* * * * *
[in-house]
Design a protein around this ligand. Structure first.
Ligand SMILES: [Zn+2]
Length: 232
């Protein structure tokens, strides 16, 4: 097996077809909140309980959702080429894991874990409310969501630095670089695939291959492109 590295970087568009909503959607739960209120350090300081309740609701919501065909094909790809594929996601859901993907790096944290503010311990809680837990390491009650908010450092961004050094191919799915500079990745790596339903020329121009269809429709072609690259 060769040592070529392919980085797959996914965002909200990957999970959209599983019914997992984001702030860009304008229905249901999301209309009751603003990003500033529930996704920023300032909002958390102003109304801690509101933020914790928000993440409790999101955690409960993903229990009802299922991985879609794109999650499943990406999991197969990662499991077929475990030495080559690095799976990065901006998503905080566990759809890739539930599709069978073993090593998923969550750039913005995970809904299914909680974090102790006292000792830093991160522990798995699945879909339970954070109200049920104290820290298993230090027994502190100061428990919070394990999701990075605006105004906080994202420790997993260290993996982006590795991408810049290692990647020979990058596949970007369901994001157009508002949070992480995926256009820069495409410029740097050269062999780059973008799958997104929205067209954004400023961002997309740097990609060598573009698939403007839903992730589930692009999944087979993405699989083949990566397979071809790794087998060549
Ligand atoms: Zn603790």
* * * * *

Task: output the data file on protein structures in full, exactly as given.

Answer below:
[in-house]
Design a protein around this ligand. Structure first.
Ligand SMILES: [Zn+2]
Length: 232
């Protein structure tokens, strides 16, 4: 097996077809909140309980959702080429894991874990409310969501630095670089695939291959492109 590295970087568009909503959607739960209120350090300081309740609701919501065909094909790809594929996601859901993907790096944290503010311990809680837990390491009650908010450092961004050094191919799915500079990745790596339903020329121009269809429709072609690259 060769040592070529392919980085797959996914965002909200990957999970959209599983019914997992984001702030860009304008229905249901999301209309009751603003990003500033529930996704920023300032909002958390102003109304801690509101933020914790928000993440409790999101955690409960993903229990009802299922991985879609794109999650499943990406999991197969990662499991077929475990030495080559690095799976990065901006998503905080566990759809890739539930599709069978073993090593998923969550750039913005995970809904299914909680974090102790006292000792830093991160522990798995699945879909339970954070109200049920104290820290298993230090027994502190100061428990919070394990999701990075605006105004906080994202420790997993260290993996982006590795991408810049290692990647020979990058596949970007369901994001157009508002949070992480995926256009820069495409410029740097050269062999780059973008799958997104929205067209954004400023961002997309740097990609060598573009698939403007839903992730589930692009999944087979993405699989083949990566397979071809790794087998060549
Ligand atoms: Zn603790």